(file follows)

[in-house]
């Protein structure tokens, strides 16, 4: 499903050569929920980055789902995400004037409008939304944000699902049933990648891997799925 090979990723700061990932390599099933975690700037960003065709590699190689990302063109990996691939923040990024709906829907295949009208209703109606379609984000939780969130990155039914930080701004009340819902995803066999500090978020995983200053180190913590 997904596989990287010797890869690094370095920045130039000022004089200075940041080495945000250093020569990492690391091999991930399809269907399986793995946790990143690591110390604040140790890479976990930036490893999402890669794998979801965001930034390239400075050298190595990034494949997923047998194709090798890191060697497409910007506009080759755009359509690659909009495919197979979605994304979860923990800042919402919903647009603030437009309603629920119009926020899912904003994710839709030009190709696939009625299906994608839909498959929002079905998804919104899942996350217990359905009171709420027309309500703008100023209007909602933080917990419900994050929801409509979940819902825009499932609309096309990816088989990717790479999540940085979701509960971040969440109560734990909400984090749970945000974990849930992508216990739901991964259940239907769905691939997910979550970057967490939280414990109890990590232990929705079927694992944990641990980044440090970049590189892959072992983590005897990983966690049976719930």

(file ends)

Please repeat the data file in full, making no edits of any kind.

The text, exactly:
[in-house]
């Protein structure tokens, strides 16, 4: 499903050569929920980055789902995400004037409008939304944000699902049933990648891997799925 090979990723700061990932390599099933975690700037960003065709590699190689990302063109990996691939923040990024709906829907295949009208209703109606379609984000939780969130990155039914930080701004009340819902995803066999500090978020995983200053180190913590 997904596989990287010797890869690094370095920045130039000022004089200075940041080495945000250093020569990492690391091999991930399809269907399986793995946790990143690591110390604040140790890479976990930036490893999402890669794998979801965001930034390239400075050298190595990034494949997923047998194709090798890191060697497409910007506009080759755009359509690659909009495919197979979605994304979860923990800042919402919903647009603030437009309603629920119009926020899912904003994710839709030009190709696939009625299906994608839909498959929002079905998804919104899942996350217990359905009171709420027309309500703008100023209007909602933080917990419900994050929801409509979940819902825009499932609309096309990816088989990717790479999540940085979701509960971040969440109560734990909400984090749970945000974990849930992508216990739901991964259940239907769905691939997910979550970057967490939280414990109890990590232990929705079927694992944990641990980044440090970049590189892959072992983590005897990983966690049976719930």